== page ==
December 13, 2022
ISLAMABAD – THE world is in strategic flux and in the midst of an intensely unsettled period. Looking ahead at key geopolitical trends and challenges in 2023, their overarching aspect is uncertainty and unpredictability. This at a time of power shifts in an increasingly fragmented international system with multilateralism under growing stress. Rising geopolitical tensions and global economic volatility are keeping the world in an unstable state.
The most significant strategic dynamic in the year ahead will be the course of relations between global powers. The disruptive economic repercussions of war in Ukraine will blight prospects of global economic recovery and is already compounding a cost-of-living triggered by the coronavirus pandemic.
Most annual assessments of key global trends in the year ahead by international think tanks, investment firms and others see unpredictability as the ‘new normal’.
The Economist’s ‘The World Ahead 2023’ report succinctly describes the world today as being “much more unstable, convulsed by the vicissitudes of great-power rivalry, the aftershocks of the pandemic, economic upheaval, extreme weather, and rapid social and technological change”.
The principal geopolitical risk that will dominate the coming year is intensifying competition between the US and China and its ramifications for global geopolitics and economy. The first in-person meeting between Presidents Jo Biden and Xi Jinping in November did promise de-escalation of tensions.
Both leaders pledged to improve relations that had sunk to a historic low, raising international concerns about the advent of a new Cold War. But their meeting did not narrow differences between them on the contentious issues that divide them — Taiwan, trade disputes, technology curbs and military postures.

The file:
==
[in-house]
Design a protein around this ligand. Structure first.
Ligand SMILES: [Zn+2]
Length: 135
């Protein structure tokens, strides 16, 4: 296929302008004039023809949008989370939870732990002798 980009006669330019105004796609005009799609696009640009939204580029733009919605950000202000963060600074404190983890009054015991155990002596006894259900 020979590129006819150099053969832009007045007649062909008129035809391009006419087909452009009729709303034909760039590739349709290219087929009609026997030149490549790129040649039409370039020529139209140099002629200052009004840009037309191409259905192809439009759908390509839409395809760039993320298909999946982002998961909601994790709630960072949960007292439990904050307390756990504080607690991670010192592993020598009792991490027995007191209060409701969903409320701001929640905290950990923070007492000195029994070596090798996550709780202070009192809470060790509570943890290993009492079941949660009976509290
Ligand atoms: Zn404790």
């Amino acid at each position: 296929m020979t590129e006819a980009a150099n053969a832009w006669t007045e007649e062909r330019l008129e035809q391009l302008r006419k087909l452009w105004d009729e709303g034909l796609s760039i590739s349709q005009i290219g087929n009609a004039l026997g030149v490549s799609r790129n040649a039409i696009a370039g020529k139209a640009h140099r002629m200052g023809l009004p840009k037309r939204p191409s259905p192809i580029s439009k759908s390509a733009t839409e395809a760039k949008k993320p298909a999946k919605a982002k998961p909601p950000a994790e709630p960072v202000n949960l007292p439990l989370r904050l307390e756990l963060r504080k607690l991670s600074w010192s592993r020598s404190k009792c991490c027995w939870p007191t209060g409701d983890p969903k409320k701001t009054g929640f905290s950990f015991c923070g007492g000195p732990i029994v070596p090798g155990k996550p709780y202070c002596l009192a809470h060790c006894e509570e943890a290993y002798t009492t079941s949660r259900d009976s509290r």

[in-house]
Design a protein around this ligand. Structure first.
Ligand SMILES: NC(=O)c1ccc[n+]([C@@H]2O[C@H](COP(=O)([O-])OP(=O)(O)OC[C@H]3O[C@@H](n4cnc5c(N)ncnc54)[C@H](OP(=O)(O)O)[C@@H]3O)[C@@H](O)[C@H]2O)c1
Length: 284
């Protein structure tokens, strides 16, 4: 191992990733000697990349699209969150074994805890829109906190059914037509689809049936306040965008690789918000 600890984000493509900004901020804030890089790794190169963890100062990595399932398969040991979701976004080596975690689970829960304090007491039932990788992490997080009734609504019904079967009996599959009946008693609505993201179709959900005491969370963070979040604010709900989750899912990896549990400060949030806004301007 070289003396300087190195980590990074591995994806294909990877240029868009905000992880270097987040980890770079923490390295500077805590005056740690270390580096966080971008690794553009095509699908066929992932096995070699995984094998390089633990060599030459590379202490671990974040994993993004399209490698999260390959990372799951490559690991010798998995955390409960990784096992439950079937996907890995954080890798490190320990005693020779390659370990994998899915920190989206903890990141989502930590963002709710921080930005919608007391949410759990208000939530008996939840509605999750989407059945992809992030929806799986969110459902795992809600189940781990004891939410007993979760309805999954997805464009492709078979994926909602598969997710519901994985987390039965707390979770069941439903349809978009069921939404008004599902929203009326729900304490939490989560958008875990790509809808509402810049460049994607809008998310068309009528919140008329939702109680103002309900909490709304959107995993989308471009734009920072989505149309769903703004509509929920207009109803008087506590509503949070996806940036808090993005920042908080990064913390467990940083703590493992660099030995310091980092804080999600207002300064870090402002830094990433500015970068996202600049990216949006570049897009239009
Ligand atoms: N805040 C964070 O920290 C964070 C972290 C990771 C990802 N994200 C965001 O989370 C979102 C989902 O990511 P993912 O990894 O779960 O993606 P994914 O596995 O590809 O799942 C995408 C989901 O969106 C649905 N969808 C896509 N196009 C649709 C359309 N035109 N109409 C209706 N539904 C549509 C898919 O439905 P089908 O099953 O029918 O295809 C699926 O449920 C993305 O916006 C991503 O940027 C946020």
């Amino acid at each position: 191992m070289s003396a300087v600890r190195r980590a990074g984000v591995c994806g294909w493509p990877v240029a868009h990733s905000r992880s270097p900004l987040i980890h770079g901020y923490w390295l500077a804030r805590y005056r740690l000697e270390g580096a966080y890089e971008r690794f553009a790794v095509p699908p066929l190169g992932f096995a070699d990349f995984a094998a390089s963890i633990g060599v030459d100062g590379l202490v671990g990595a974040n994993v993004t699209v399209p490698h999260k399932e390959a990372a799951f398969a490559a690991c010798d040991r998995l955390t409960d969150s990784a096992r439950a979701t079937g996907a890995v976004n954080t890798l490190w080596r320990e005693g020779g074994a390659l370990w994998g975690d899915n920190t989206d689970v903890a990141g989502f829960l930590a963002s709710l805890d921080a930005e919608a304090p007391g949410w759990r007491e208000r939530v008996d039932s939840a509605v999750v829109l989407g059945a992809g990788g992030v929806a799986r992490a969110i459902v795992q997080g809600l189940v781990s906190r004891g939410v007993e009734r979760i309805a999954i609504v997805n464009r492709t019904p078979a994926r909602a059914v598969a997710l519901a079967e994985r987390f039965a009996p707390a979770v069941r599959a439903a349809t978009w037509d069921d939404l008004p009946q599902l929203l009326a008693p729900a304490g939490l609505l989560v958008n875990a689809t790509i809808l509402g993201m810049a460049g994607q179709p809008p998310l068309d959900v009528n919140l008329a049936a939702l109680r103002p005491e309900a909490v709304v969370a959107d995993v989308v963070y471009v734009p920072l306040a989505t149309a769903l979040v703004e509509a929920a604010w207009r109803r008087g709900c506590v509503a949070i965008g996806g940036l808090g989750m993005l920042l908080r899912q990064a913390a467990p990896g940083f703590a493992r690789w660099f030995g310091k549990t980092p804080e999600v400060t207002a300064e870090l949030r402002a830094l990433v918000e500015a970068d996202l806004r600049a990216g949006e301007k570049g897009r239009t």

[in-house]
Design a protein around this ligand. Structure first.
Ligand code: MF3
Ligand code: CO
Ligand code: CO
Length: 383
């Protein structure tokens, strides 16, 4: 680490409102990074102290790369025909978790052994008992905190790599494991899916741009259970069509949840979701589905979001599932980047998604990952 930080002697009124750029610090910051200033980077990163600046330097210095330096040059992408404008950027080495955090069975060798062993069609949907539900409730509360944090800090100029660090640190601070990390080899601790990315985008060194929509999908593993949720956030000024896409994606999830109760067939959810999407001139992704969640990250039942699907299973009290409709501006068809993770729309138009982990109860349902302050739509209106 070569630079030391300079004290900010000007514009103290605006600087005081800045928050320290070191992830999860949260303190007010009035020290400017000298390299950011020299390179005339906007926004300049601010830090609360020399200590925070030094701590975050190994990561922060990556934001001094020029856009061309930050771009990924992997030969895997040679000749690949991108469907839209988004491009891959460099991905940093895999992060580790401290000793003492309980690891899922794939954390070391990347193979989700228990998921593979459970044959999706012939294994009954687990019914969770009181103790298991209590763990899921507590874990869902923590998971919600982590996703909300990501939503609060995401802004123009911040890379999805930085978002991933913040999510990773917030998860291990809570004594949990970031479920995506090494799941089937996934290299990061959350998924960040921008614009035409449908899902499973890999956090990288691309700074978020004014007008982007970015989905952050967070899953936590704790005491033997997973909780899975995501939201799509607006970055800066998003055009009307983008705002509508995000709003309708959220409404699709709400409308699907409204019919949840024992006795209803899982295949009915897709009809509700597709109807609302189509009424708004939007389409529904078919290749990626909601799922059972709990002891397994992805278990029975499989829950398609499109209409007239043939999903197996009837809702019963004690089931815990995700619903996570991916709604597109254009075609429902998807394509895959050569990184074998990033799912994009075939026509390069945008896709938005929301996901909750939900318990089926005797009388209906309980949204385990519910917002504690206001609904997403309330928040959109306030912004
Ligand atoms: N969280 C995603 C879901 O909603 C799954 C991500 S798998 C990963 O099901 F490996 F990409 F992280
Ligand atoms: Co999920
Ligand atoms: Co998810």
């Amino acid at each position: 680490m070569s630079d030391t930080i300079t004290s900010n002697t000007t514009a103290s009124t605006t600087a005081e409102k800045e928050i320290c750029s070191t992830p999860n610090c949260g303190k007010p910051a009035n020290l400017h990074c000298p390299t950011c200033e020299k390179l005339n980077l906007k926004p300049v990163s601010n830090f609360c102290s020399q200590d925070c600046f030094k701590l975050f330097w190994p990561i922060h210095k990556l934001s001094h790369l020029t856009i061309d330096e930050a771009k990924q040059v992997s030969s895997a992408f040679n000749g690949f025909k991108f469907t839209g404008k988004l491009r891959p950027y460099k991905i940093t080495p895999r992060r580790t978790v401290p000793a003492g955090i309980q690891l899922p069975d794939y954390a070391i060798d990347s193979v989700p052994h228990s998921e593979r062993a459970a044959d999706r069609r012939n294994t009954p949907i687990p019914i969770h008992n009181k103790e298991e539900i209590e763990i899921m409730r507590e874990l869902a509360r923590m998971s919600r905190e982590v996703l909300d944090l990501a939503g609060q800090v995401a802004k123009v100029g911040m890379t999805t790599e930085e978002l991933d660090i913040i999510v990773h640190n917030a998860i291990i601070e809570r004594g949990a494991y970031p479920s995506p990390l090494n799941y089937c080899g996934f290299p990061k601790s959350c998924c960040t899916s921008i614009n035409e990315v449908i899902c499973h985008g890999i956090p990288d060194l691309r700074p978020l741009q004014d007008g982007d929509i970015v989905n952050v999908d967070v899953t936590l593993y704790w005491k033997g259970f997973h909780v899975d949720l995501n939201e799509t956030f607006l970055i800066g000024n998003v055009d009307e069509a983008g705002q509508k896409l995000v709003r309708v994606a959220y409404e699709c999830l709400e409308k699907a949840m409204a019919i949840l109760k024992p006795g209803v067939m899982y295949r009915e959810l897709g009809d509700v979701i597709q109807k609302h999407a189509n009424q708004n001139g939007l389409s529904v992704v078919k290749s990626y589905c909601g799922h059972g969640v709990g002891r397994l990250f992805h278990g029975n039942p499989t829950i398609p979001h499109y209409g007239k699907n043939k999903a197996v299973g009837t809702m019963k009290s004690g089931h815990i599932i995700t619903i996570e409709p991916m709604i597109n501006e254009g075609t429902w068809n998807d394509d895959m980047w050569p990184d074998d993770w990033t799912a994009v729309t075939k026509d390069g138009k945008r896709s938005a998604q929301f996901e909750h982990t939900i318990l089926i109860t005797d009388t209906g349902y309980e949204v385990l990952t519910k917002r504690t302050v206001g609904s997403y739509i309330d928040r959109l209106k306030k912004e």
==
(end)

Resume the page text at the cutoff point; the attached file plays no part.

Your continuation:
The outlook is uncertain, especially as Washington’s policy of containing China, reaffirmed in the Biden administration’s national security strategy, and an assertive Chinese pushback, will keep relations on a tense track. Tech de-coupling will accelerate, military competition will intensify and Taiwan will remain a dangerous flashpoint in relations.
Control Risks, a global consulting firm, sees the US-China relationship as the greatest geopolitical risk in 2023. Other assessments rule out conflict. But Southeast Asian countries worry about an accidental clash in the fraught Asia-Pacific region — the strategic theatre of the US-China stand-off.
The course of the Ukraine war is another critical area to watch in the coming year. Russia’s invasion of Ukraine marks a geopolitical fault line, which the annual Strategic Survey by the London-based International Institute of Strategic Studies says has political and economic consequences that are reshaping the global landscape.
The IISS survey argues the “war is redefining Western security, may change Russia profoundly, and is influencing perceptions and calculations globally”. Although the conflict shifted the West’s attention from its strategic priority in the Asia Pacific, it underlined that Europe’s security remained the West’s ‘core interest’.
The Survey argues the two theatres — Euro-Atlantic and Indo-Pacific — are mutually dependent as the first arena’s “fracture would make any more external security commitments unviable” while its “successful defence would lend credibility to any Indo-Pacific tilt”. Whether or not one agrees with this, there is little doubt that if a negotiated end to the war is not achieved and continues to be stalemated it will destabilise the world beyond Europe.